Bat Signal

Issue 440 – “Ghost Mountain Midnight!”

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Hello everyone, and welcome back to another installment of Bat Signal, my ongoing quest to read every issue of Detective Comics in random order and with essentially no context. And we’ve now reached the part of the year where I begin hoping that the random number gods will shine their light upon us and give us a properly spooky Halloween issue. And, while last year I lucked out with both an issue where Batman fought that Scarecrow, and one where he fought a goddamn vampire, it doesn’t seem like we’re getting that lucky this year. Maybe next week will get spookier. But, today get close. Because as you can see from that cover and the title of the issue, there are at least possibly some ghosts in this issue. Whether than pans out or not, we’ll get to later.

Today’s issue begins in Gotham’s ritzy Playhour Club, some sort of restaurant where your food is delivered to you by women in bikinis. And one of those such women is Sarah Beth Tull. Which is bad news, because as Sarah Beth is working two hillbilly’s come bursting into the club, with shotguns, and take her hostage. They clearly know Sarah Beth, and prepare to leave the club with her, threatening to take her “home.” And this obviously frightens the patrons of the Playhouse Club, including renowned playboy Bruce Wayne. Bruce sees Sarah Beth being kidnapped, and makes a lame excuse to his date before slipping out of the restaurant and into his Batman costume. Batman then swoops after the two hillbilly’s and scares the bajesus out of them.

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Batman then uses that fear to assault the hillbilly’s, jumping into their car and causing them to crash into a snow drift. He knocks out the two men, Aaron and Cletus, and then begins talking with Sarah Beth. She tells Batman that they’re her brothers, and they’re trying to take her back to her hometown because she’s been chosen for something. But, while Batman is distracted hearing the story one of the brothers sneaks up behind Batman, and smashes him over the head with the rifle. Batman is knocked out, and the brothers take Sarah Beth away. But Batman won’t give up. He overheard them mention a place called Ghost Mountain and Darkhill County, so when he gets back to the Batcave he and Alfred do some research, and find that Ghost Mountain is a community in the Appalachian Mountains.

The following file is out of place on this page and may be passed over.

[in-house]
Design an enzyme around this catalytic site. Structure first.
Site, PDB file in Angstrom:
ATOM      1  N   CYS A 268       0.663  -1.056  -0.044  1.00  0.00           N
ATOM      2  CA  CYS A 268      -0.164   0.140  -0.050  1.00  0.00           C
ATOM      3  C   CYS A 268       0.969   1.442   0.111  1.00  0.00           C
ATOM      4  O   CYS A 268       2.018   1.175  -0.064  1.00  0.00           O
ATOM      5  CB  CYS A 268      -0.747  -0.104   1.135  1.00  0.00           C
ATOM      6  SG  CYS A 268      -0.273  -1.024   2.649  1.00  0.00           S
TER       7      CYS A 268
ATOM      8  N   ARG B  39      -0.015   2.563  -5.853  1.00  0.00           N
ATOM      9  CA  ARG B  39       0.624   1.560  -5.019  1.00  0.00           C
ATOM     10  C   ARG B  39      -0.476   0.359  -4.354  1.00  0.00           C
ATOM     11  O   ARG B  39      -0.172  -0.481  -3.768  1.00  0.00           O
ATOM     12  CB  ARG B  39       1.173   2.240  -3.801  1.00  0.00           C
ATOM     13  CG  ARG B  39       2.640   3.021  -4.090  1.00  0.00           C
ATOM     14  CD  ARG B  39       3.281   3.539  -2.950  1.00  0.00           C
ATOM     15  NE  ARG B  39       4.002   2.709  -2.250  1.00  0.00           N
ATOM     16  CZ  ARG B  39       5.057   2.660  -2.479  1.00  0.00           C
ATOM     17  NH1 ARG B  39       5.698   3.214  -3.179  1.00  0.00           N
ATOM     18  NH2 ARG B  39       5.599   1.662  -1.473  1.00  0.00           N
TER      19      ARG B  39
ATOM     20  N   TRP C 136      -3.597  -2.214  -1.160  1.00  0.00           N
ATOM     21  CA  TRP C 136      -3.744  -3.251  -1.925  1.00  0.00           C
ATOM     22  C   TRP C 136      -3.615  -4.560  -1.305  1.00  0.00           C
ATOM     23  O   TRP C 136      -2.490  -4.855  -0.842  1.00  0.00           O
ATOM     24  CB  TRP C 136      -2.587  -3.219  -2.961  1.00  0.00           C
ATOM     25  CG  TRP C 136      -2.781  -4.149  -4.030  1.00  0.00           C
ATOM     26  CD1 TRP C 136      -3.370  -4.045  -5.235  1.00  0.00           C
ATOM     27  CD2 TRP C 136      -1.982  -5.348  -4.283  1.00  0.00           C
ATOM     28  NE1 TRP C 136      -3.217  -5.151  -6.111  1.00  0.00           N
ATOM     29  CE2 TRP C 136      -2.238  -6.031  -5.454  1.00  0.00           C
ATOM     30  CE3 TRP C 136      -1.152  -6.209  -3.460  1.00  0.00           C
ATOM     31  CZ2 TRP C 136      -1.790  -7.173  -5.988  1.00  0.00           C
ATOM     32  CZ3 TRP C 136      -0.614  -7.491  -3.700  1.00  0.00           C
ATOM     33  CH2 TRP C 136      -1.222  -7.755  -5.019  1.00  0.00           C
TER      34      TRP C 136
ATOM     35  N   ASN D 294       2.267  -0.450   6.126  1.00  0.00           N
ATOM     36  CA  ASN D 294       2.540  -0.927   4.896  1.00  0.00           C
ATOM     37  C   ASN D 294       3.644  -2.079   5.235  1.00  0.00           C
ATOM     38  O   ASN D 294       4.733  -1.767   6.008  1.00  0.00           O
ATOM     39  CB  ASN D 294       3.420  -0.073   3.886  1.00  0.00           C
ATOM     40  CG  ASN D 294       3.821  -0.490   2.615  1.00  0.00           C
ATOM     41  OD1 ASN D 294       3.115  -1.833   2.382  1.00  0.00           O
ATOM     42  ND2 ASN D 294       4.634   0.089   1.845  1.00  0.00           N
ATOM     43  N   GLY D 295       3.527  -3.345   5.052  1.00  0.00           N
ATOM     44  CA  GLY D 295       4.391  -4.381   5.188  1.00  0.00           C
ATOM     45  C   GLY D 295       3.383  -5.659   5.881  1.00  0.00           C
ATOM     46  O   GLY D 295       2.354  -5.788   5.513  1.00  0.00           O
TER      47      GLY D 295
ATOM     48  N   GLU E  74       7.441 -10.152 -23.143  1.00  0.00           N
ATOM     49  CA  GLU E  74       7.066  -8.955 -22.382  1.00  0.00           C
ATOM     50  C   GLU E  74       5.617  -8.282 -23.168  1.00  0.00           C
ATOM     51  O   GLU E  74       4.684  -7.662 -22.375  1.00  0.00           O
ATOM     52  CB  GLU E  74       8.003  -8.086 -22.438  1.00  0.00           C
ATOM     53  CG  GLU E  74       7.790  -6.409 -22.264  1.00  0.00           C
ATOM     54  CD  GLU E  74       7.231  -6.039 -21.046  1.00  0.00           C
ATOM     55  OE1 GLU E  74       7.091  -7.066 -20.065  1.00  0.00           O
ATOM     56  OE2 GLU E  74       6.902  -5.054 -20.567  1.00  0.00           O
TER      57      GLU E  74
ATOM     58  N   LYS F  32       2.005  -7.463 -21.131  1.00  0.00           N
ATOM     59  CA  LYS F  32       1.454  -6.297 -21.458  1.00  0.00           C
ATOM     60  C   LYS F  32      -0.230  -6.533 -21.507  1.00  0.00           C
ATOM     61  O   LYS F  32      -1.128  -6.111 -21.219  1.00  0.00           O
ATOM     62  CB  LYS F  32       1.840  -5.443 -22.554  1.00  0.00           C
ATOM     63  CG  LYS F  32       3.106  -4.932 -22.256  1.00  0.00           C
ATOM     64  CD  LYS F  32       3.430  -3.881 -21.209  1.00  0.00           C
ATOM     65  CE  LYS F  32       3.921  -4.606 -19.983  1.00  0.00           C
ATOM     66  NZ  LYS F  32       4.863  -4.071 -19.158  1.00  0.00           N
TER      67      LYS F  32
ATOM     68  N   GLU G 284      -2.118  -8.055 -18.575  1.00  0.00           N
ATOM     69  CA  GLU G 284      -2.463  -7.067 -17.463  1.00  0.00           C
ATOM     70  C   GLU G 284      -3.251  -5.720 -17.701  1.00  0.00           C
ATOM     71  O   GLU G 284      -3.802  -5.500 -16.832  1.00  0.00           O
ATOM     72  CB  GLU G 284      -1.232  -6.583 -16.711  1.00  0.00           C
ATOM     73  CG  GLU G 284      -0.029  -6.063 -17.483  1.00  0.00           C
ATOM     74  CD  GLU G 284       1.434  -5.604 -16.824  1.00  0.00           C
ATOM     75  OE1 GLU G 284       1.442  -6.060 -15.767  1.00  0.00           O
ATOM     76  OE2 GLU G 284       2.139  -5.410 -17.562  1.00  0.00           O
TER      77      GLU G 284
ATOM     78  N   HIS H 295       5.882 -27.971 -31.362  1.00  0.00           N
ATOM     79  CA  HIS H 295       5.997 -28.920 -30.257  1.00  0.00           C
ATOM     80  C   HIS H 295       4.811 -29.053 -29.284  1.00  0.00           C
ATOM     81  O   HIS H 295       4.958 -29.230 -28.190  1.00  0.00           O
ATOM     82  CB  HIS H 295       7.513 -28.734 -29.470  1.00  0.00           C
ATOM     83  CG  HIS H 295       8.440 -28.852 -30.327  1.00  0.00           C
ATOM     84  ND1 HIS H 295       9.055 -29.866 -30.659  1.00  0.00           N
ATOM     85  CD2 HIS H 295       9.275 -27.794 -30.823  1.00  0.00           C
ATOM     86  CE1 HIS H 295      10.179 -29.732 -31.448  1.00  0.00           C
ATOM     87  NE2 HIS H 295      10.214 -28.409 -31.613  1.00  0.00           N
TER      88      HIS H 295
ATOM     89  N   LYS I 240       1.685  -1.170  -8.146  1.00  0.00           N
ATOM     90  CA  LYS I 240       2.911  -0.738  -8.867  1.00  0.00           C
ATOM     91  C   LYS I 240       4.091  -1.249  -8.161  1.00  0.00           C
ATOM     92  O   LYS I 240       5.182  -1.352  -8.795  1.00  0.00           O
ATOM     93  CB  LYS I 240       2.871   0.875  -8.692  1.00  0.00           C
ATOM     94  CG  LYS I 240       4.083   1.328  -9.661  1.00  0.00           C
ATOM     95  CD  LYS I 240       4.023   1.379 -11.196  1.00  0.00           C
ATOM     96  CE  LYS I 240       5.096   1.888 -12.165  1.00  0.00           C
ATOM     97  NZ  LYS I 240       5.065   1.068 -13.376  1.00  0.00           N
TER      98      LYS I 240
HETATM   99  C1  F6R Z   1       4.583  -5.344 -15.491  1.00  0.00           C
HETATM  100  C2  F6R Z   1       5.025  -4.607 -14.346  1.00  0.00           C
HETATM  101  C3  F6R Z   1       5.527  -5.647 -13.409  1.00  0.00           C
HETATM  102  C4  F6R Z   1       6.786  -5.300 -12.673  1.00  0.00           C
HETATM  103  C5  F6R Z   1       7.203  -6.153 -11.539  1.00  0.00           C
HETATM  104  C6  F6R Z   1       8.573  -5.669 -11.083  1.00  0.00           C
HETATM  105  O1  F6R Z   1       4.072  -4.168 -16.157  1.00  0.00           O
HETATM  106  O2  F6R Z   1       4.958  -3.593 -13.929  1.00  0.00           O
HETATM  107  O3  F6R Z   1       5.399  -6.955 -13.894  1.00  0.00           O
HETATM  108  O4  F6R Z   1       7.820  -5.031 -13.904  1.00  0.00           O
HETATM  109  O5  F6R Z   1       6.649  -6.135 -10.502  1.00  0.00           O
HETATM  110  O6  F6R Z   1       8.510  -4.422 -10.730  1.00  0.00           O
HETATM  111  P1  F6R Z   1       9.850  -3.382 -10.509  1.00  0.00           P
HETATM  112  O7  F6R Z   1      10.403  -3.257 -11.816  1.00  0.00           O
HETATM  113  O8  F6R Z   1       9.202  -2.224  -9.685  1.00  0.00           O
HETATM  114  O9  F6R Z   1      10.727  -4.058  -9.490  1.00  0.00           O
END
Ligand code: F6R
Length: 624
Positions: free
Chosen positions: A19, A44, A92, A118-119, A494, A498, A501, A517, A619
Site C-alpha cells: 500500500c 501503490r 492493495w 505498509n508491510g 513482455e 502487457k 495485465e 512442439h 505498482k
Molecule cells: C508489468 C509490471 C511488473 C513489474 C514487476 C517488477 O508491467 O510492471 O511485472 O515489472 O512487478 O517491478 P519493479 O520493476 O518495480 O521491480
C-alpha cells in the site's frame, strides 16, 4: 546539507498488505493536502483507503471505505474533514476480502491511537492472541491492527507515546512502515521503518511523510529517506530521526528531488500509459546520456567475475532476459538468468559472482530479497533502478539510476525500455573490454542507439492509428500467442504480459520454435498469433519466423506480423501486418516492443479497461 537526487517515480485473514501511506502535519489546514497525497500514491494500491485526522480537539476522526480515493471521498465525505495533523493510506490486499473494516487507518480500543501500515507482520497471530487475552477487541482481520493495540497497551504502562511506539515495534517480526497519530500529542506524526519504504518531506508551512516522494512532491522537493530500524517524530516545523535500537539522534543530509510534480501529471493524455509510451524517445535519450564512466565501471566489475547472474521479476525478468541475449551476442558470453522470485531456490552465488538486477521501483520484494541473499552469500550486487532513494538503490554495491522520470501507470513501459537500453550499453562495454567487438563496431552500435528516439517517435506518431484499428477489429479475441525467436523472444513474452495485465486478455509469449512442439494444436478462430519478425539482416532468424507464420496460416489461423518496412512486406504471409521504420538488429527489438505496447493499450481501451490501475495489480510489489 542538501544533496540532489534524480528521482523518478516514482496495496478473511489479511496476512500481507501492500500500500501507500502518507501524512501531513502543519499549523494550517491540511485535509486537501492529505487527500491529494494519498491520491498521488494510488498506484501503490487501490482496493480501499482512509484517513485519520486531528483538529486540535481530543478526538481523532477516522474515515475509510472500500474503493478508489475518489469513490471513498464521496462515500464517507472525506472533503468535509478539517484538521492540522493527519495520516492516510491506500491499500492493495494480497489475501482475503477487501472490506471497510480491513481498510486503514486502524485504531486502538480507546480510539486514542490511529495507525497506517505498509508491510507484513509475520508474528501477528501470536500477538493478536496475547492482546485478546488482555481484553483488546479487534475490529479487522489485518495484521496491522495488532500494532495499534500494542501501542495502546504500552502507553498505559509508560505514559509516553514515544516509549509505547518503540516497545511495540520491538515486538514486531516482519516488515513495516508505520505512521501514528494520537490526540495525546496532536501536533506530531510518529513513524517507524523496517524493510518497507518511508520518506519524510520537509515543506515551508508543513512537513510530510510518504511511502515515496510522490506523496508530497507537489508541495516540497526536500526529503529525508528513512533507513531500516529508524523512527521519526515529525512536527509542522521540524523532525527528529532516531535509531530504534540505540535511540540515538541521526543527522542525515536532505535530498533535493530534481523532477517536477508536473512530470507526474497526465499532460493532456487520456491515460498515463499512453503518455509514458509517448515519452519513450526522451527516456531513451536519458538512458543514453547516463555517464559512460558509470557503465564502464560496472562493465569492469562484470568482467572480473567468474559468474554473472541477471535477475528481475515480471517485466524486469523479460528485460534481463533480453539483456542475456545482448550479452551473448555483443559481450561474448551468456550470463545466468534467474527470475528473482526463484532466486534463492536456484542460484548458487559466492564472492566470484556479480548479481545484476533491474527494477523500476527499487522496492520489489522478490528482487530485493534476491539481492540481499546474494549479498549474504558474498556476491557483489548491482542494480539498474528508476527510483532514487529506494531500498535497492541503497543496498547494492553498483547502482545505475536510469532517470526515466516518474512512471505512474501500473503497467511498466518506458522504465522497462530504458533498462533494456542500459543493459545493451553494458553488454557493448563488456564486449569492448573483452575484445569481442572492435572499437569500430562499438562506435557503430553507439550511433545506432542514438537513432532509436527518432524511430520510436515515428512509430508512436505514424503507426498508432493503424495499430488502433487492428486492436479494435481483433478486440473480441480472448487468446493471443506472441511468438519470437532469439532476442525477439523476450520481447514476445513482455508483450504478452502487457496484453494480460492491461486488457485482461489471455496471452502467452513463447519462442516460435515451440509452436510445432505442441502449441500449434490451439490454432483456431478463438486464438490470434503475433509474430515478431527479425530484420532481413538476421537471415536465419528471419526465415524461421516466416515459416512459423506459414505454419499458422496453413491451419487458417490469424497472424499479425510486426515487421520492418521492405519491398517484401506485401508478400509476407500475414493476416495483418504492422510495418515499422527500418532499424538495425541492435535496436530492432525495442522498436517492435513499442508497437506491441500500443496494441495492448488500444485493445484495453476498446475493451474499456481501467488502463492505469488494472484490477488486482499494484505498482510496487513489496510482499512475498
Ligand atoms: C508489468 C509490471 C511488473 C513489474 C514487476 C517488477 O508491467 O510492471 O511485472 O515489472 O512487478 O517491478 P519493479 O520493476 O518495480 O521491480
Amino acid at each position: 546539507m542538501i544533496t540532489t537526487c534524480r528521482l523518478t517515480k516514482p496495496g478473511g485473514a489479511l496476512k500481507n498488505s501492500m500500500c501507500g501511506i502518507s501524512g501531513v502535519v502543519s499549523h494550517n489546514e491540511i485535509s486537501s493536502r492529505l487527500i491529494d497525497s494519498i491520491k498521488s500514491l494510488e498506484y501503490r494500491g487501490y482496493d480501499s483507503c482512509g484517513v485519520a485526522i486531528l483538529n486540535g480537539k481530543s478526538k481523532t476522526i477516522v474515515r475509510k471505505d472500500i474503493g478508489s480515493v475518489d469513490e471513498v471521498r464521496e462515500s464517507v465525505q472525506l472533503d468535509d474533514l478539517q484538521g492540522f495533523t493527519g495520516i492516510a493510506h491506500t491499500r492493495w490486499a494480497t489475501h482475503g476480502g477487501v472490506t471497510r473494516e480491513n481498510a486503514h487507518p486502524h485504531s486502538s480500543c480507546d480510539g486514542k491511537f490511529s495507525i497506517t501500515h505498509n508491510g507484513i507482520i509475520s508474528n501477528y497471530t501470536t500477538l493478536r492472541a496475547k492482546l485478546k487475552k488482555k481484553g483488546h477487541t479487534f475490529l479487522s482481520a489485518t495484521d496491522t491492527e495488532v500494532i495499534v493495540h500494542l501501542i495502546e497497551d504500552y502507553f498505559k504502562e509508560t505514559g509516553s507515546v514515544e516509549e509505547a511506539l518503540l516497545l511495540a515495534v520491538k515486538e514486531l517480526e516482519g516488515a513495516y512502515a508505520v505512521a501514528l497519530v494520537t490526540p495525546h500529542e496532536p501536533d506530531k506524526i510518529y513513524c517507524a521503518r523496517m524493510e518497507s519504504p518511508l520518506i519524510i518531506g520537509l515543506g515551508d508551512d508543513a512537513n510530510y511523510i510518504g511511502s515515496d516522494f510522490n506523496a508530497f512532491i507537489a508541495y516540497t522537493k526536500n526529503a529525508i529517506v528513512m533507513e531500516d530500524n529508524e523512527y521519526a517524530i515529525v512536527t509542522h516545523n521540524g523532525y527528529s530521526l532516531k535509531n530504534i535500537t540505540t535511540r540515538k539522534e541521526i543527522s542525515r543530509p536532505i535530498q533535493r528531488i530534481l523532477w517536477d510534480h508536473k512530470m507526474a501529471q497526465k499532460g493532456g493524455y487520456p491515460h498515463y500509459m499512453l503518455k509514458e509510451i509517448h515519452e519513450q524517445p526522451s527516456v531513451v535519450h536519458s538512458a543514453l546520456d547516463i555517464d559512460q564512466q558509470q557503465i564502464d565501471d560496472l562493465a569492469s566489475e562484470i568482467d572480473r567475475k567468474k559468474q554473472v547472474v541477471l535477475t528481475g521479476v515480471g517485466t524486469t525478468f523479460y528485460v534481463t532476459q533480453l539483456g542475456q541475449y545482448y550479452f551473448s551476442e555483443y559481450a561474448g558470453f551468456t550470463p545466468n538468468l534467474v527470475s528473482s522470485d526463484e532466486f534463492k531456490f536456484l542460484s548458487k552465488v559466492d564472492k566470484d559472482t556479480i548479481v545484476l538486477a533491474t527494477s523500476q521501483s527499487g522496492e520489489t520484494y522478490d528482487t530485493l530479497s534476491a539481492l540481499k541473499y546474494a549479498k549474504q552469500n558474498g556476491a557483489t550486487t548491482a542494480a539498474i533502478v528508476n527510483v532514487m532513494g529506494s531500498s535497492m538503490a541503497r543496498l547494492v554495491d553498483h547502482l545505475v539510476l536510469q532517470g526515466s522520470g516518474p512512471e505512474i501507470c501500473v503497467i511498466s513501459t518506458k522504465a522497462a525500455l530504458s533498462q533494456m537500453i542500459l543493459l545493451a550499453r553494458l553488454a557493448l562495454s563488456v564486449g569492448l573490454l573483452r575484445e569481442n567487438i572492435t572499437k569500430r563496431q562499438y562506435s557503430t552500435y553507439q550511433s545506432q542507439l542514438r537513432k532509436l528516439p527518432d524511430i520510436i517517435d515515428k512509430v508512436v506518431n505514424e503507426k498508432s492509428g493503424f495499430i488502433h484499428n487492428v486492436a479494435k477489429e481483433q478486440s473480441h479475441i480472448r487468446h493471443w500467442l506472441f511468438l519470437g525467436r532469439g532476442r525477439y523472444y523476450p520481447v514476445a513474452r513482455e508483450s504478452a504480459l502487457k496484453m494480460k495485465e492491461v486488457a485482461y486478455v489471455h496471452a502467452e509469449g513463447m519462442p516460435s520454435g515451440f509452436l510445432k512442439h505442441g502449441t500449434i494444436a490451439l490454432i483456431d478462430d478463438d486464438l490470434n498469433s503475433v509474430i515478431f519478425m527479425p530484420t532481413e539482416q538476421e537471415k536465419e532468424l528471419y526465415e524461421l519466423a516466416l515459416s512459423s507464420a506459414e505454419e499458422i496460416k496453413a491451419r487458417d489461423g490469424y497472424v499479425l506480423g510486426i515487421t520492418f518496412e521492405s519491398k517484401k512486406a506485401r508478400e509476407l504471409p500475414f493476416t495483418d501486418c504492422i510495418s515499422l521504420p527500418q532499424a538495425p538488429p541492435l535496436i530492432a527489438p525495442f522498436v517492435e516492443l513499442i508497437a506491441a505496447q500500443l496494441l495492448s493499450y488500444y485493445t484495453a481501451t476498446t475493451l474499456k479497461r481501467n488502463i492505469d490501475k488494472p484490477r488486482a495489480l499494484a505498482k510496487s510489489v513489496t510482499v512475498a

Batman heads out to Darkhill County, and pretty quickly realizes that the people in the town have no interest in talking about the Tull family, most of the reacting like Batman asked about Castle Dracula in the Carpathian Mountains. But he eventually finds his way to the local sheriff, who is less than pleased to see the caped crusader. Sheriff Doppler is a rude man, covered in mud, and who has no interest in investigating the Tull’s. He explains that the Tull’s have liven on Ghost Mountain for generations, and they’re thought to be cursed. The people of the town give them a wide berth, and they live completely separate lives. However, the sheriff also wants no part in helping Batman. He’s had to traipse around the mountains all day looking for a still of contaminated moonshine, and he has no interest in dealing with the Tull’s too. So Batman has to head into the mountain on his own, only to find the Tull’s up to some nonsense.